So I have just finished reading this great book on ADHD called “Mindful Parenting for ADHD” by Mark Bertin, MD. It encompasses much of what I already know about ADHD and how it affects executive function and organization. It also talks about another subject that is super close to my haert- how practicing mindfulness can help you be a better and more effective parent of a child with a different brain. I truly believe being mindful and learning to be present, calm and focused, can help a parent with any child, but especially a child whose brain and body don’t work the way ours does, taking a moment to center ourselves can make all the difference in how we handle their stressful moments which eventually become ours.

At the end of each chapter are exercises which compliment the chapter and help parents plan out a home program. I am working my ways through these, because even though I currently have great resources to support Michael, this helps me on the parent and child front. One of my favorite chapters is the one on self-care and the importance of taking care of you first in order to better nurture your child. A lot of us exceptional parents know these things, but putting them into practice is hard. You can find so many good tools here that it is a truly worthwhile looking into.

When I really started understanding Michael better was when I started delving deeper into my own handling of anger and anxiety. Meditation and yoga as I’ve mentioned countless times before, showed me how to center myself when I was falling through space, and helped me see how scary it is when we don’t have access to the right tools to calm ourselves down. If we are a neuro typical adult it is scary. Imagine now if you are an exceptional child with a neuro diverse brain and way of looking at the world. Scary would not even begin to describe how fear, anxiety and anger would be experienced.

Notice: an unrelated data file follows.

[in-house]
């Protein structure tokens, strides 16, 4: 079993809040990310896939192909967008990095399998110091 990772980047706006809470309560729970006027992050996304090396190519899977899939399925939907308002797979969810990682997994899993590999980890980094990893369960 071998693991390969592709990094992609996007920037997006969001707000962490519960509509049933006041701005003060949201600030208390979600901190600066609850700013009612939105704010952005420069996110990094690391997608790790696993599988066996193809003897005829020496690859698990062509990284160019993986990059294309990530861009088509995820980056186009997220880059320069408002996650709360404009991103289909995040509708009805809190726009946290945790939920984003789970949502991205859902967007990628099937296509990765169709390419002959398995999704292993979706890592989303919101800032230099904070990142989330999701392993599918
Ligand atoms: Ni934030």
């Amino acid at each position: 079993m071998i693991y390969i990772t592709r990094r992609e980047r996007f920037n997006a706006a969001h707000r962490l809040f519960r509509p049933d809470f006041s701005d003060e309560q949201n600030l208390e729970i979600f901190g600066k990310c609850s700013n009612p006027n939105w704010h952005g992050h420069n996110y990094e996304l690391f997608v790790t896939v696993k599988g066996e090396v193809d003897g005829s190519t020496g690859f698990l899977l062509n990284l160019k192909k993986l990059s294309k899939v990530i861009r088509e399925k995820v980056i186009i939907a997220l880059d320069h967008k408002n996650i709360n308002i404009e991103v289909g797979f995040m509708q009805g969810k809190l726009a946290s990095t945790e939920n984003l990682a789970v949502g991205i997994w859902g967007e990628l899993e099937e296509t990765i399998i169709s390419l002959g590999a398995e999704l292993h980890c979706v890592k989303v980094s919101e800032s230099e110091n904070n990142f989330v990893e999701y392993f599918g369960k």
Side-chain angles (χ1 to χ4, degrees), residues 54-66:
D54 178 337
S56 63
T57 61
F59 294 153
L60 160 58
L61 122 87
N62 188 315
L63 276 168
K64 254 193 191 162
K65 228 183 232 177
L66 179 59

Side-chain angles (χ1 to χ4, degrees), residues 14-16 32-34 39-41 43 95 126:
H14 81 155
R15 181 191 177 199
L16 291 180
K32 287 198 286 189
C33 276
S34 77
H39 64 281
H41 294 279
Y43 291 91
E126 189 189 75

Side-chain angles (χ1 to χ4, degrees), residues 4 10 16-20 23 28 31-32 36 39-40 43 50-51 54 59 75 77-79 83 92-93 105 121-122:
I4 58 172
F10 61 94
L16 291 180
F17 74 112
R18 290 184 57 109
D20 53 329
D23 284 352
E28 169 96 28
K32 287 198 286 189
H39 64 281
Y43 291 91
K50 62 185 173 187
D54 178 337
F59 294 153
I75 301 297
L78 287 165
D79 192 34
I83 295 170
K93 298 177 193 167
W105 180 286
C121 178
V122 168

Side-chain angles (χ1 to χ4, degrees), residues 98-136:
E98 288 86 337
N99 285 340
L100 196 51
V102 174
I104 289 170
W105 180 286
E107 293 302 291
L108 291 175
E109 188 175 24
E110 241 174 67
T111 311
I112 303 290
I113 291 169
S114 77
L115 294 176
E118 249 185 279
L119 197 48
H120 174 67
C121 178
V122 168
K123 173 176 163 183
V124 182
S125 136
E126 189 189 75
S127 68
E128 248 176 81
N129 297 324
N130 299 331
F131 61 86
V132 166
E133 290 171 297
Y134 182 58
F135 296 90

Meditation and mindfulness can be taught to a child or adult at any age. You can start with 5 or 10 minute meditation blocks and move on to 20 when ready. For kids you would talk about mindfulness different than for adults obviously, but as long as you teach them to stop, be in the moment no matter what they are feeling, and learn to breathe in and out slowly to calm their mind, they are on the right path. So many of our kids, whether they have autism, ADHD, learning challenges or other neurological or physical challenges feel misunderstood, overwhelmed and incapable of handling their emotions at times. As their parents and advocates, our best way to teach them the skills they need to learn is through learning them ourselves first. How do I handle my anger and anxiety? How do I organize my life? How do I simplify and break down a problem into smaller pieces so that it is easier to understand?